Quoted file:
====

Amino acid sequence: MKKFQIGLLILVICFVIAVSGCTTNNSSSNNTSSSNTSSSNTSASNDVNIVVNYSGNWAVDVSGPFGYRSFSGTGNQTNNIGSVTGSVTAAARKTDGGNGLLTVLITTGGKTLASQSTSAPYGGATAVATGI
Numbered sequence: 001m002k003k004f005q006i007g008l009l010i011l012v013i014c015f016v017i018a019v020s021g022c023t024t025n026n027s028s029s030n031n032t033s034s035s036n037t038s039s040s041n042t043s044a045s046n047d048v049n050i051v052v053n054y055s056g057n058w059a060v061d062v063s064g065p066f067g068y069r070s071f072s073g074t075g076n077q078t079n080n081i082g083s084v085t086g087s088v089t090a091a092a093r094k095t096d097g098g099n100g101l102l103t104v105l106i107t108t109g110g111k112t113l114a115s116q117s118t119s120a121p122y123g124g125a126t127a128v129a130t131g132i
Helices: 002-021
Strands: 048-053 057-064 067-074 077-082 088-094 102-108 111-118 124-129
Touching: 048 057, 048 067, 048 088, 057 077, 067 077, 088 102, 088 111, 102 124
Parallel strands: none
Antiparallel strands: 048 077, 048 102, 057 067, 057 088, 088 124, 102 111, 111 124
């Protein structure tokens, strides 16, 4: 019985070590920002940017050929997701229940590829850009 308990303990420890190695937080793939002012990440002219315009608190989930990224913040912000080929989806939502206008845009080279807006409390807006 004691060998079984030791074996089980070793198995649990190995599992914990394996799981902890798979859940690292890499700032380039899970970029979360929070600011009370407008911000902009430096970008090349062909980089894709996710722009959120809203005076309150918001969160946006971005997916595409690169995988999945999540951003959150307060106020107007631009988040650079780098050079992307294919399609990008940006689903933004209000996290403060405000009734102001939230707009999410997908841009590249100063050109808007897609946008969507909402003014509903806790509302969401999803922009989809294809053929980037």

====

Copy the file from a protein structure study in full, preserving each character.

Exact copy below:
Amino acid sequence: MKKFQIGLLILVICFVIAVSGCTTNNSSSNNTSSSNTSSSNTSASNDVNIVVNYSGNWAVDVSGPFGYRSFSGTGNQTNNIGSVTGSVTAAARKTDGGNGLLTVLITTGGKTLASQSTSAPYGGATAVATGI
Numbered sequence: 001m002k003k004f005q006i007g008l009l010i011l012v013i014c015f016v017i018a019v020s021g022c023t024t025n026n027s028s029s030n031n032t033s034s035s036n037t038s039s040s041n042t043s044a045s046n047d048v049n050i051v052v053n054y055s056g057n058w059a060v061d062v063s064g065p066f067g068y069r070s071f072s073g074t075g076n077q078t079n080n081i082g083s084v085t086g087s088v089t090a091a092a093r094k095t096d097g098g099n100g101l102l103t104v105l106i107t108t109g110g111k112t113l114a115s116q117s118t119s120a121p122y123g124g125a126t127a128v129a130t131g132i
Helices: 002-021
Strands: 048-053 057-064 067-074 077-082 088-094 102-108 111-118 124-129
Touching: 048 057, 048 067, 048 088, 057 077, 067 077, 088 102, 088 111, 102 124
Parallel strands: none
Antiparallel strands: 048 077, 048 102, 057 067, 057 088, 088 124, 102 111, 111 124
């Protein structure tokens, strides 16, 4: 019985070590920002940017050929997701229940590829850009 308990303990420890190695937080793939002012990440002219315009608190989930990224913040912000080929989806939502206008845009080279807006409390807006 004691060998079984030791074996089980070793198995649990190995599992914990394996799981902890798979859940690292890499700032380039899970970029979360929070600011009370407008911000902009430096970008090349062909980089894709996710722009959120809203005076309150918001969160946006971005997916595409690169995988999945999540951003959150307060106020107007631009988040650079780098050079992307294919399609990008940006689903933004209000996290403060405000009734102001939230707009999410997908841009590249100063050109808007897609946008969507909402003014509903806790509302969401999803922009989809294809053929980037």